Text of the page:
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Fancy Color Diamonds (3 of 4) | A Multi-faceted Leadership Lens

Updated: Mar 20, 2023

Let’s follow up where we left off with the idea of beauty and worth being in the eye of the beholder. Just as with colorless diamonds, the lack of color or whiteness of one’s skin is considered to bring the highest value in the workplace, while people with hues ranging between yellow and brown, or who self-identify within the range between women and non-binary, are considered of lowest value.


To establish credibility as leaders who endeavor to lead the Diversity, Inclusion & Belonging (DIB) journey with their organizations means that one must intentionally cultivate a multifaceted perspective. In other words, if a leader is advocating DIB work as “the right thing to do” or “it just makes sense” and yet their own close circle doesn’t reflect diversity and inclusion, then credibility can be lost.


One’s credibility as a leader and advocate is highly questionable if one’s personal circle fails to reflect the workplace demographic and culture a leader claims to pursue because “it’s the right thing to do” and “it just makes sense.”


Following through with our diamond analogy, "the play of light on the diamond's multifaceted surface reveals a variety of different and important features or elements.” Similarly, when we shine a light on the lives and voices of those different from our own, there is no telling what important features and elements of themselves they can contribute in a workplace that authentically pursues diversity, inclusion, and belonging.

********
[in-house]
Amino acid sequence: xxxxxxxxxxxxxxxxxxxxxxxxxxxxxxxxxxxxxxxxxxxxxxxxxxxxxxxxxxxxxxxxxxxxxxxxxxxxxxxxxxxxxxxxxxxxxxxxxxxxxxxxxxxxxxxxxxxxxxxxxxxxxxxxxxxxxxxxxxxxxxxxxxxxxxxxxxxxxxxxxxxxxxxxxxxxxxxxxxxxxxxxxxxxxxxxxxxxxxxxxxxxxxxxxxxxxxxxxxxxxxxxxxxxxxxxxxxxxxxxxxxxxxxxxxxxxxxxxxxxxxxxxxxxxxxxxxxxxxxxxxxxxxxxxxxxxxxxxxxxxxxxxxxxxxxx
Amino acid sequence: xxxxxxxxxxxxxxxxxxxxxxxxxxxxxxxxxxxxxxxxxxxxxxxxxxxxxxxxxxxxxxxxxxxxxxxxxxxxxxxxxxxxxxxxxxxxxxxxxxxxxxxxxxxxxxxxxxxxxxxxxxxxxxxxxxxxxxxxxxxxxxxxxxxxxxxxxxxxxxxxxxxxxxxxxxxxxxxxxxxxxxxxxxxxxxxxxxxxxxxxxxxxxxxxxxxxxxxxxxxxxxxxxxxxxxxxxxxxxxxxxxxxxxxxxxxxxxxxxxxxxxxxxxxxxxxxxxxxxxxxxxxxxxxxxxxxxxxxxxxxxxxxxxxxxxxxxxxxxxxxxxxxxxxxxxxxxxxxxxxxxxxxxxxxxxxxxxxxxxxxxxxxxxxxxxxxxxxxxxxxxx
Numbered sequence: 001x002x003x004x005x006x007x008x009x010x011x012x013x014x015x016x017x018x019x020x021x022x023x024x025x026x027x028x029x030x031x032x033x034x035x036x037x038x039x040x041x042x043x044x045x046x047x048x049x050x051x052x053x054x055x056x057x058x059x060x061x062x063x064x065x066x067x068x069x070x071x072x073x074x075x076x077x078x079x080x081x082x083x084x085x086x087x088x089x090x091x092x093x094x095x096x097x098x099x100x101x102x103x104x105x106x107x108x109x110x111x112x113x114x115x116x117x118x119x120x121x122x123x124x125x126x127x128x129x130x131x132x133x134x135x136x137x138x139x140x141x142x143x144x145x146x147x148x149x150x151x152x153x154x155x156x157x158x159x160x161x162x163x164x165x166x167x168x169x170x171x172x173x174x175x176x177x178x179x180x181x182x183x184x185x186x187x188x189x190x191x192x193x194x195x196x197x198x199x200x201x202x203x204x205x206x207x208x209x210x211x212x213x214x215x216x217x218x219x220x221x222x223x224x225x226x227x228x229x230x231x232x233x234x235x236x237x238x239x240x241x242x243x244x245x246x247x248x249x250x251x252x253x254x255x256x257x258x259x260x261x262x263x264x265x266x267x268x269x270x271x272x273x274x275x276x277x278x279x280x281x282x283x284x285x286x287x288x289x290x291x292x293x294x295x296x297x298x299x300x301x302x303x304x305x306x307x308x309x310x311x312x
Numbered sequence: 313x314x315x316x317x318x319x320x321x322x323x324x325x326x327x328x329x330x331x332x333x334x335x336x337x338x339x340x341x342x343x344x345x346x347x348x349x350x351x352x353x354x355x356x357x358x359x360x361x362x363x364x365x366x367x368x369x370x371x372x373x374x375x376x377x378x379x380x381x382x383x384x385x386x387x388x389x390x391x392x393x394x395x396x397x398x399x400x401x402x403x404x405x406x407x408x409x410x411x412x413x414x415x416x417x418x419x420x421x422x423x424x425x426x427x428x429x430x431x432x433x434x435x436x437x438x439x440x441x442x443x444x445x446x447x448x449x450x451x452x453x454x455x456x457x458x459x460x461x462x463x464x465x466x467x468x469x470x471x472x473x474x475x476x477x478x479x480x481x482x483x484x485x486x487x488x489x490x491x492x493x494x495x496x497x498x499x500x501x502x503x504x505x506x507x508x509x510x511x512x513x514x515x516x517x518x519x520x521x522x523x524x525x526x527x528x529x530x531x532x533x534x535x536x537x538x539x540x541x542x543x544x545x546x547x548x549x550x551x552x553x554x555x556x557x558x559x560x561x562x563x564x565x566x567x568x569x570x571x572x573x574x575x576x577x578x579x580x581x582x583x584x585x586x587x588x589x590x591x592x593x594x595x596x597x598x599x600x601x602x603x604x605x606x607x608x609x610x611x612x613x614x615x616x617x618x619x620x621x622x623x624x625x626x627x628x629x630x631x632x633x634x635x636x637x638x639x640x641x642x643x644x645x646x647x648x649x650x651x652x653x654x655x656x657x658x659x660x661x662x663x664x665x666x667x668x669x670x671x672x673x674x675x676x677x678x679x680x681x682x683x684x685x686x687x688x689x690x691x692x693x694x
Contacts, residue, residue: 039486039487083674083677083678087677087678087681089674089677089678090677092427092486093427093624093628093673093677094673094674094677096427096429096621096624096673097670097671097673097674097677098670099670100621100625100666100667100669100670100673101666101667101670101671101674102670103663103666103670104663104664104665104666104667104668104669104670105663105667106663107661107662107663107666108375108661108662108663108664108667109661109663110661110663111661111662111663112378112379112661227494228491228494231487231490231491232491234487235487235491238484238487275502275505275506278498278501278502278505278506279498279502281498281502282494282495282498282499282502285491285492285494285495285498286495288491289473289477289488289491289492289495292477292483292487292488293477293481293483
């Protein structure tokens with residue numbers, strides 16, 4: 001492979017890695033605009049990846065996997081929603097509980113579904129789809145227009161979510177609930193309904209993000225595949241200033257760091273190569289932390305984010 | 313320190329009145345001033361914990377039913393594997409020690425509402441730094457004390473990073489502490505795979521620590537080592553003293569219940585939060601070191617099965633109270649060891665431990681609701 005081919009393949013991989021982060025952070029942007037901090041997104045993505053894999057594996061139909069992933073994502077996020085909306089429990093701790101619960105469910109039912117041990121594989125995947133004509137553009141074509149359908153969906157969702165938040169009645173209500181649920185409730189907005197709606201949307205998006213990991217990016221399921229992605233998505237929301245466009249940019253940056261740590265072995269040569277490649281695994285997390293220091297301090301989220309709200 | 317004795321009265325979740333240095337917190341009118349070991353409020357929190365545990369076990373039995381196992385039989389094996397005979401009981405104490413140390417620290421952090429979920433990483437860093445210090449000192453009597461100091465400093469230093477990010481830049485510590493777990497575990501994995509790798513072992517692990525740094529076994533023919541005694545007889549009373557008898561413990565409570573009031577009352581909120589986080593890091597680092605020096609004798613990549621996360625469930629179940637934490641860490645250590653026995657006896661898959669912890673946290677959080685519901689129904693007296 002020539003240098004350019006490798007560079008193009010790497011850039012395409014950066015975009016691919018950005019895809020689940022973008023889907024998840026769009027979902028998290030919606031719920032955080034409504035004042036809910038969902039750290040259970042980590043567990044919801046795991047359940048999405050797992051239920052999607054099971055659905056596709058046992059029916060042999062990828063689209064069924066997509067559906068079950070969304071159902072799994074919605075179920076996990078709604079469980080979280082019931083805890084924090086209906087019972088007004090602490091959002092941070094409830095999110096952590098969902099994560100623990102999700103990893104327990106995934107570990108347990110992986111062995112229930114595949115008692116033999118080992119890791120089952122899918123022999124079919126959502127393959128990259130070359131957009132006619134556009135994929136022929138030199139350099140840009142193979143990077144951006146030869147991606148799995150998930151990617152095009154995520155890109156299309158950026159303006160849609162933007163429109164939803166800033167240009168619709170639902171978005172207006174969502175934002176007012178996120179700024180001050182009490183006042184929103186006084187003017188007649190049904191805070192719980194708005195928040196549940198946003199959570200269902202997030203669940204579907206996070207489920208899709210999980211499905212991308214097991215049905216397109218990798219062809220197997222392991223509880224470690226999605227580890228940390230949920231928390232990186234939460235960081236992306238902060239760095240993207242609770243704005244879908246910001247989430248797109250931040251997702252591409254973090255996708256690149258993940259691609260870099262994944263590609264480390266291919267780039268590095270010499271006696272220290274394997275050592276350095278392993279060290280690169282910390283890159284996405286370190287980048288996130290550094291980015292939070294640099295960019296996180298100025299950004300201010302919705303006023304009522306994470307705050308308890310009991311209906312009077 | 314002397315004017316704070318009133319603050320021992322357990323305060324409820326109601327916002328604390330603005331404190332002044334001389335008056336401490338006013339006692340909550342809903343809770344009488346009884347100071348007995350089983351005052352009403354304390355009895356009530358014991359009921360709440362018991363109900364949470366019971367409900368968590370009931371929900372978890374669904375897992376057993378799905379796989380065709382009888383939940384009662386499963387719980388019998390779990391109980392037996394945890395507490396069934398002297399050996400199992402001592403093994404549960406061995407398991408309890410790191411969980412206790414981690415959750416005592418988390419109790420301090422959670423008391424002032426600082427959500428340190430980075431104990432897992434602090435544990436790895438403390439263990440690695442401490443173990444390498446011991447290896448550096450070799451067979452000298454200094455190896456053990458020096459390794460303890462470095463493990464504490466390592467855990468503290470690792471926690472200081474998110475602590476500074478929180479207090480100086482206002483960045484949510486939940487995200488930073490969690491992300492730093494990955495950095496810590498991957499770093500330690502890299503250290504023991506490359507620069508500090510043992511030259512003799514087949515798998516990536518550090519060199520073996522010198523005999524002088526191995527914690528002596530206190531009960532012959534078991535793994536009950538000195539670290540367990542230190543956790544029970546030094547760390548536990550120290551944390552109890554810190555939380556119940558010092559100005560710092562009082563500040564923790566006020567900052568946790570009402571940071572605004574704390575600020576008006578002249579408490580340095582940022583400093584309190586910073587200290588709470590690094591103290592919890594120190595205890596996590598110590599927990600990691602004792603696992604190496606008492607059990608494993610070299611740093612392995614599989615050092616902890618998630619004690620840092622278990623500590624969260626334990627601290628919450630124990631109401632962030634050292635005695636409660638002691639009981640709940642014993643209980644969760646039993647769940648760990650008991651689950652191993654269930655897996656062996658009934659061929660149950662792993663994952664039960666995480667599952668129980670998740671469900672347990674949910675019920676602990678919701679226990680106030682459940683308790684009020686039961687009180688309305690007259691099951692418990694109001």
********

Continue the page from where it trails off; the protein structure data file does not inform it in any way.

I hope you’re still with me at this point.

Unless a leader –especially a leader operating among the highest ranks of the organizational system-of-systems— has first-hand, personally meaningful encounters with people unlike themselves, how can they possibly be prepared for the hesitations and obstructive behavior they are sure to encounter from various employees across the organization?


For the population who are Black Indigenous People Of Color (BIPOC), it may be the hesitation to speak up for fear that they aren’t really supported by leaders who claim to value them inside the workplace, because those same leaders don’t know anyone like them outside the workplace.


For some white people, it may be their demonstration of behaviors that obstruct progress toward inclusion and equity for all, as they may interpret DIB efforts as now leaving them behind, which is NOT the case. Diversity, Inclusion & Belonging is never about taking anything away from anyone else. It’s ensuring that everyone gets a share.


Without the benefit of personally meaningful encounters that cultivate real relationships, a leader cannot begin to decipher what persuades people unlike them, unless they try to know people unlike them, including other white people. So, HOW does a leader start to get to know more diverse people and cultivate new relationships? Next time, we’ll address that!


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